Board approves new deal for superintendentFarmington School Board members said Monday they are happy with a new contract they say will put superintendent Brad Meeks slightly above average when it comes to superintendent salaries in the area.
By: Nathan Hansen, The Farmington Independent
Farmington School Board members said Monday they are happy with a new contract they say will put superintendent Brad Meeks slightly above average when it comes to superintendent salaries in the area.
The new deal will increase Meeks’ base salary from $160,000 to $172,000 in its first year, a 7.5 percent increase. Meeks will make $176,000 in the contract’s second year and $180,000 in its third year.
“In my view this is a very fair contract,” board member John Kampf said Monday. “There were concessions from Dr. Meeks. There were concessions on behalf of the board.”
Board members said as they reviewed the salaries of other district administrators in Dakota County they found assistant superintendents making as much as $13,000 more than Meeks current contract pays him.
Hastings superintendent Tim Collins, whose district is about 1,000 students smaller than the 6,200-student Farmington district, has a base salary of $157,500 this year. John Currie, the retiring superintendent of the 28,000-student Rosemount-Apple Valley-Eagan School District, has a base salary of $193,171.
Along with the increase in base salary there are a handful of other changes in the contract, which will take effect next Sept. 1. Among the changes:
• A new $9,000 bonus Meeks can achieve each year if he meets “mutually agreed upon goals and objectives.”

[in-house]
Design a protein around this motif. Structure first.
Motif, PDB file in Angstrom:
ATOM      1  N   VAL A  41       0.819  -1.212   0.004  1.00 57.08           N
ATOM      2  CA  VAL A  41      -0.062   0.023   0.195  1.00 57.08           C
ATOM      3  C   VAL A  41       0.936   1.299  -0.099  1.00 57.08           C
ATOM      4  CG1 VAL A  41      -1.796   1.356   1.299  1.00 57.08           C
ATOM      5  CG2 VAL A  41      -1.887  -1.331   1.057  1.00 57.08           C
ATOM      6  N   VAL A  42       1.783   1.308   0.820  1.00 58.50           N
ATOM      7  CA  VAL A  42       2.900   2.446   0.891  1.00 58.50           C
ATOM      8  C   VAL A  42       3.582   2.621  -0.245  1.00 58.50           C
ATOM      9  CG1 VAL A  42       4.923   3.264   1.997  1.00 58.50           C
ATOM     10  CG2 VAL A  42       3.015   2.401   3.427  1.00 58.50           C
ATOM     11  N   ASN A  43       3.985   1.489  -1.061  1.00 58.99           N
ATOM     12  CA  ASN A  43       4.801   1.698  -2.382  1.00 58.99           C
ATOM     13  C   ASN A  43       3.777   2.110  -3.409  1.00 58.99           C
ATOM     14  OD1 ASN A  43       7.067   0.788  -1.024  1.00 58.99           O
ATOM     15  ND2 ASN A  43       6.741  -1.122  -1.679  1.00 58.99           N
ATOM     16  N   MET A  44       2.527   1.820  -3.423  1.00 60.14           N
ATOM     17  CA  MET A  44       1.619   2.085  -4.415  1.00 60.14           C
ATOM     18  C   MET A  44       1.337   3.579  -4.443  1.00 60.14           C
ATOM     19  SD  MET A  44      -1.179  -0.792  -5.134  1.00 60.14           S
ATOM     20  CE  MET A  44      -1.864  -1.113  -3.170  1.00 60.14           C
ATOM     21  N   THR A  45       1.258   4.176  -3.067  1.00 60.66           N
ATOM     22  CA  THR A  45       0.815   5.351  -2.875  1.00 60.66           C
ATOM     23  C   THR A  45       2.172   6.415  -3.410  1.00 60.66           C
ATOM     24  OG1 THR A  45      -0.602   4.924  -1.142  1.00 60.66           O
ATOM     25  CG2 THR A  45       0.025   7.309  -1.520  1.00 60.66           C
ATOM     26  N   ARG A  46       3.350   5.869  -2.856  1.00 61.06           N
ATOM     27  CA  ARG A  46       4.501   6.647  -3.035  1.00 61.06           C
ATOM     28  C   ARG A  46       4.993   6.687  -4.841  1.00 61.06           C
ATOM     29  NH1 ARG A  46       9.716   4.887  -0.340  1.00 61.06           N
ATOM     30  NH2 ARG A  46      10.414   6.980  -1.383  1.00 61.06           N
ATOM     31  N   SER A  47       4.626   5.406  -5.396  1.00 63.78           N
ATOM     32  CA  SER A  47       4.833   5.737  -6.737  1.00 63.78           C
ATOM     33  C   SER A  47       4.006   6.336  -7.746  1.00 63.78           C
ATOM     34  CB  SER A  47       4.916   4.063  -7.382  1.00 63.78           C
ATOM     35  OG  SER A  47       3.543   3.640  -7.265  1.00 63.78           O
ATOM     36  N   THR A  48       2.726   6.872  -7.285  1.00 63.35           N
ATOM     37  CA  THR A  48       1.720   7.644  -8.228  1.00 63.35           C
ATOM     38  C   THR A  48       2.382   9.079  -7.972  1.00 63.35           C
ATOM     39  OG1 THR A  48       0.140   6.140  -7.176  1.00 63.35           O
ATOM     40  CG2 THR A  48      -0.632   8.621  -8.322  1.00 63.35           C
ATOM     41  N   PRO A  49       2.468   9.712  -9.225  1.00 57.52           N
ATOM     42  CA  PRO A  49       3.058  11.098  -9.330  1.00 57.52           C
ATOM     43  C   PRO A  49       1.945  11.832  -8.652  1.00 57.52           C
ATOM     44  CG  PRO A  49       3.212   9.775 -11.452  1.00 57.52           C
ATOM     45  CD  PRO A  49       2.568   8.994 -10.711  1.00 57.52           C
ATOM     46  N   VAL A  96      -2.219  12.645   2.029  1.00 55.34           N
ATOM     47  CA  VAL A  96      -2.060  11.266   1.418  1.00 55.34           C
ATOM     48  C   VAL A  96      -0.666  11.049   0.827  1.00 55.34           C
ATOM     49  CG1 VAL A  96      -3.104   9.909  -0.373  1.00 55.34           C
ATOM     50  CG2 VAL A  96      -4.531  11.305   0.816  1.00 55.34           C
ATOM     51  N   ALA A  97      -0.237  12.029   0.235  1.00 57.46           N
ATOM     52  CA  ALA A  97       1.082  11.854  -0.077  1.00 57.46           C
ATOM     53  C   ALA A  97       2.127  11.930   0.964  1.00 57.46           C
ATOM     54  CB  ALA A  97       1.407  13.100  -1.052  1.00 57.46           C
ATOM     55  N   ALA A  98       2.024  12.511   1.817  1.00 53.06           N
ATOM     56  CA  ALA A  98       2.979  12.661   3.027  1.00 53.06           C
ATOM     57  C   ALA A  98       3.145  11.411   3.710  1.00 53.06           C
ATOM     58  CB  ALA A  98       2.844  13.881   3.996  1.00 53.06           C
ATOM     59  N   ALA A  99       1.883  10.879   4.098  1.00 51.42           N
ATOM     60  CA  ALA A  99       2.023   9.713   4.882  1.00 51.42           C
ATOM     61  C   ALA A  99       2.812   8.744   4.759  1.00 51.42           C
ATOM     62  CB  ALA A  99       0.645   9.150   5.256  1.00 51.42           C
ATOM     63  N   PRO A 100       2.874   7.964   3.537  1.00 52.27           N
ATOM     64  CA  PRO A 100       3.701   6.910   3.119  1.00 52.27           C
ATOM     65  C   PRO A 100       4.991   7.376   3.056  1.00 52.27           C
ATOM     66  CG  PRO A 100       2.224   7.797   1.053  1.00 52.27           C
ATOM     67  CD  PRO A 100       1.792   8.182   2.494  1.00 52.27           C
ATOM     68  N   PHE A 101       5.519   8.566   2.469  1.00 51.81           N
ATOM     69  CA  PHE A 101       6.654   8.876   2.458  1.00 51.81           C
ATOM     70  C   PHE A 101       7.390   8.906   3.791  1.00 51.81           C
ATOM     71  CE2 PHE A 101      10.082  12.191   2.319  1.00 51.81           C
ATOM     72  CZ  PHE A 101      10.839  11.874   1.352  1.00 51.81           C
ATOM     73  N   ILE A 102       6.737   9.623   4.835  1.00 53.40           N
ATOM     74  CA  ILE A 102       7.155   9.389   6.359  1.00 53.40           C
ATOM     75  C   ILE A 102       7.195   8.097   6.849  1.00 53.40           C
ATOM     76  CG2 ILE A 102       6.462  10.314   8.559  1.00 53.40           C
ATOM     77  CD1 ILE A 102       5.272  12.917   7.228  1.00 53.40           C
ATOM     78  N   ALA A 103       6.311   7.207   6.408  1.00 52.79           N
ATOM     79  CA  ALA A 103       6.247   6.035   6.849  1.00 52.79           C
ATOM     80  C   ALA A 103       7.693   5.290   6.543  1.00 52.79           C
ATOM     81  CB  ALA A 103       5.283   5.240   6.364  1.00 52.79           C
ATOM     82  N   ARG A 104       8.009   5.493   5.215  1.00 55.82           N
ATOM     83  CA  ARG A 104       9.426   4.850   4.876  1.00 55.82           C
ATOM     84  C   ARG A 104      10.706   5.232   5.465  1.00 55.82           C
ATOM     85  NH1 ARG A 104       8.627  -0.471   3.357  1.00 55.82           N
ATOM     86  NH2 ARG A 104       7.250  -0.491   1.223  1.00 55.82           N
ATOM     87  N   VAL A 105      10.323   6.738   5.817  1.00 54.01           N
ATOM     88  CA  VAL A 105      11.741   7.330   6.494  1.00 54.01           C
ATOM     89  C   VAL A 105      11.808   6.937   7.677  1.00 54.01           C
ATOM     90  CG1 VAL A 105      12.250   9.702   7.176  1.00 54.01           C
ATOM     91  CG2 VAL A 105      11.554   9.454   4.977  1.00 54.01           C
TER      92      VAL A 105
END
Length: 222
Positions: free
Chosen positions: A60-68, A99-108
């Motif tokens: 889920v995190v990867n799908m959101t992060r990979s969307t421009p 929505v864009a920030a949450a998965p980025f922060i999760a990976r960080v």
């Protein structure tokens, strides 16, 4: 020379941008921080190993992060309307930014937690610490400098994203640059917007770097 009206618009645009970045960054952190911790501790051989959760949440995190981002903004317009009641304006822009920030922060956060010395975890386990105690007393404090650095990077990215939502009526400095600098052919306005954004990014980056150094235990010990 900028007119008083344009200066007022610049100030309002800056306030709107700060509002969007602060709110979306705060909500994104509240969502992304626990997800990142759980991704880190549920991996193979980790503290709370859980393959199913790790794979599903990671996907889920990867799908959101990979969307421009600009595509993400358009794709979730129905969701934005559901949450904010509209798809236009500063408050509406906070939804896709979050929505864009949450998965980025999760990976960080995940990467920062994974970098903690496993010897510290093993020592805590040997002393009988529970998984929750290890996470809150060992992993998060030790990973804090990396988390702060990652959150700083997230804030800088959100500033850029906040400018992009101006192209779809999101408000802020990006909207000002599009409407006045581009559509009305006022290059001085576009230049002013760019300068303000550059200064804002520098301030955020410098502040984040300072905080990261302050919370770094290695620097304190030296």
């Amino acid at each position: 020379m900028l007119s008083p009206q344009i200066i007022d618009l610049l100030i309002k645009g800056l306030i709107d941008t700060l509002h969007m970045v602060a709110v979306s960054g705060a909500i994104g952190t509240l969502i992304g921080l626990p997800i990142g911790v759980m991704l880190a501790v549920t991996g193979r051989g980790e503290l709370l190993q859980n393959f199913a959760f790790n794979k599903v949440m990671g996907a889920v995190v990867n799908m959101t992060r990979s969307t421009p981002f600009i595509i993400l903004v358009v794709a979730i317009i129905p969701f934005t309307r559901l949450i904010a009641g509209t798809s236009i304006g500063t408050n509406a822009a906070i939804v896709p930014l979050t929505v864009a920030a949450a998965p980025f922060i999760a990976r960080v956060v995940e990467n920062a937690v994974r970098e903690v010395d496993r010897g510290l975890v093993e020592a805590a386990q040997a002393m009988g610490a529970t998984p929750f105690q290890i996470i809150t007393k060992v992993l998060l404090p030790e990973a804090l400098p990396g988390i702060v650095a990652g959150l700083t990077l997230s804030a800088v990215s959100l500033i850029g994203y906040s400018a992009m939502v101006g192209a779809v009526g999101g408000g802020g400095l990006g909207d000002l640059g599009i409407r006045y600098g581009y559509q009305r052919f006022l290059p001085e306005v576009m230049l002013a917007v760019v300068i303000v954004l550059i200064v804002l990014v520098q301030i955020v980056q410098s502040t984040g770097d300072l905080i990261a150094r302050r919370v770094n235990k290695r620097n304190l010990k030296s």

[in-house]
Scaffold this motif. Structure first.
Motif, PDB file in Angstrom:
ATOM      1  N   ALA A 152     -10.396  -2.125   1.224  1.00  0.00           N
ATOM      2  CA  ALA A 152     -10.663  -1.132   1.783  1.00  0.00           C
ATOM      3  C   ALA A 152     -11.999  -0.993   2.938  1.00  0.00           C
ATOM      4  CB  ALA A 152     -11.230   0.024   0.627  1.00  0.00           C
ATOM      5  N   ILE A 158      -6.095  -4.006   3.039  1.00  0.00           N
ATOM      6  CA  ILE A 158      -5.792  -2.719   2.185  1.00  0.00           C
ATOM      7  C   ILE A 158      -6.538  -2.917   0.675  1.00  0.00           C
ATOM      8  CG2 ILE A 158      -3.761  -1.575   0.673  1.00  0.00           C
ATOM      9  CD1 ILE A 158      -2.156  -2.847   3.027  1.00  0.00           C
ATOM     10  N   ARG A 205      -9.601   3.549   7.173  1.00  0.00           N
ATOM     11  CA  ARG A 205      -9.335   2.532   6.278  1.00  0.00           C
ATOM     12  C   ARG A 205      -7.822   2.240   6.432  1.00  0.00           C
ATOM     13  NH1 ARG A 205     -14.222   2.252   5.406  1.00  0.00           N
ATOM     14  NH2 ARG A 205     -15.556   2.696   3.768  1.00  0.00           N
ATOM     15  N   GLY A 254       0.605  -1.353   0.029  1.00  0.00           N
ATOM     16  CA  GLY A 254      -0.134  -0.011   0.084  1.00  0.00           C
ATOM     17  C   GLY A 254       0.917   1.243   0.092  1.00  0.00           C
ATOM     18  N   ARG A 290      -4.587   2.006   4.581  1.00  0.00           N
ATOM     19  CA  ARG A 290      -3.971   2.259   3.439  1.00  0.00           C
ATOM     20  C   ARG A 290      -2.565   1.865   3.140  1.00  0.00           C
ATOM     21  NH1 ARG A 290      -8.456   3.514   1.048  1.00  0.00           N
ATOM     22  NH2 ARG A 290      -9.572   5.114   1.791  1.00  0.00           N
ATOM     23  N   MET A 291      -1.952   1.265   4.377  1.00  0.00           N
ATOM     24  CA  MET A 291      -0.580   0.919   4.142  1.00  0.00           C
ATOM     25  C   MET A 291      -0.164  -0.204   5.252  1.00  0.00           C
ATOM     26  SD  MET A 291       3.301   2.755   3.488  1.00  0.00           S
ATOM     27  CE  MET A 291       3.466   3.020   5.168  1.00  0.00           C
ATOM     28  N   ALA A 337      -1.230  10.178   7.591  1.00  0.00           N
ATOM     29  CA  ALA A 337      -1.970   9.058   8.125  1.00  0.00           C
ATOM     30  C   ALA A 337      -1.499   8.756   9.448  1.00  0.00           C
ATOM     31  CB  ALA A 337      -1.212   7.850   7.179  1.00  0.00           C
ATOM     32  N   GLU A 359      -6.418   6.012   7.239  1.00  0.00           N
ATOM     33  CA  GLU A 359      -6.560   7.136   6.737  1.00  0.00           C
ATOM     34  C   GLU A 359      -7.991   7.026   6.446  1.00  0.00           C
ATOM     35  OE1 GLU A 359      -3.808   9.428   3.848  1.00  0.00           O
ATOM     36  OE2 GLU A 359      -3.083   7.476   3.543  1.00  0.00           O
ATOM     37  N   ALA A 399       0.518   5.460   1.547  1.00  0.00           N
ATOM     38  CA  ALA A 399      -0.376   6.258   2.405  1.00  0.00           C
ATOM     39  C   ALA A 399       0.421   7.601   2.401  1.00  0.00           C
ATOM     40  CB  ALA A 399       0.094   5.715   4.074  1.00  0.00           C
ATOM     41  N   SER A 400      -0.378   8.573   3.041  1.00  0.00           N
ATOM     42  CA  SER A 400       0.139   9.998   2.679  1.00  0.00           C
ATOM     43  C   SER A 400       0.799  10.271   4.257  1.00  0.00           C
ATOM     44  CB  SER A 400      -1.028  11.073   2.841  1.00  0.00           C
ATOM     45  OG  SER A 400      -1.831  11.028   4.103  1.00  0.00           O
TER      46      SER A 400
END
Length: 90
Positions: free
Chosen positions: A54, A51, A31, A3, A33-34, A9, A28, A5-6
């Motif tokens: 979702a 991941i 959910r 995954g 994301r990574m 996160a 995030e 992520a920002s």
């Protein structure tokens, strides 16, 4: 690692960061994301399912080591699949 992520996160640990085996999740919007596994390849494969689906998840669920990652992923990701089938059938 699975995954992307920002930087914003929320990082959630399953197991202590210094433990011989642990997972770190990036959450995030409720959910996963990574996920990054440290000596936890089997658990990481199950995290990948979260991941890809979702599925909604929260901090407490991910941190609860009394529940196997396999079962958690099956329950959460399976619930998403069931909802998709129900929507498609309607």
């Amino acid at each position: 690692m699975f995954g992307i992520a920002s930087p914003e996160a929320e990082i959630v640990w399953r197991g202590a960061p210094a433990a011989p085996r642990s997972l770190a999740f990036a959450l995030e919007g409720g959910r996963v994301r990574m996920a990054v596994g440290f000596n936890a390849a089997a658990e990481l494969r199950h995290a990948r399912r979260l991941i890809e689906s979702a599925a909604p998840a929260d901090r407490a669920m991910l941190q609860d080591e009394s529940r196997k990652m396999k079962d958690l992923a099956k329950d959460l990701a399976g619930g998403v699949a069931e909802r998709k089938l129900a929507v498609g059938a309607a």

• Meeks will receive two additional vacation days (30 rather than the 28 he has in the final year of his current contract) and can trade more unused vacation time for cash at the end of the year (10 days, up from five). Using the district’s figure of 224 duty days, if Meeks cashes in all 10 vacation days in the first year of the new contract he could get about $7,600.
• Meeks will accumulate sick leave faster, at a rate of 2 days per month rather than the current 1.5 days. At the end of the year he can cash in up to 15 unused sick days (up from 10) and put the money into a tax-sheltered annuity. That would be about $11,500 in the contract’s first year if Meeks cashes in the maximum number of sick days.
• A section added to the contract grants Meeks, currently in his fifth year, 100 percent health insurance coverage for one year if he leaves the district after six years here. That provision is void if he is covered by another employer.
• The new contract reworks language about severance pay for Meeks. Under the old contract he was scheduled to receive 50 percent of his annual salary as severance pay if he left the district. The new contract retains that figure, but cuts severance pay to 25 percent if Meeks leaves to take another job.
Most board members spoke in favor of the new contract Monday.
“Dr. Meeks has done an excellent job and deserves another contract,” said Terry Donnelly, who will leave the board in January after winning a seat on the Farmington City Council. “I’m very pleased to have worked with him the past five years.”
Board chair Julie McKnight told Meeks the board was “grateful that you are willing to stick with us for the next three years.”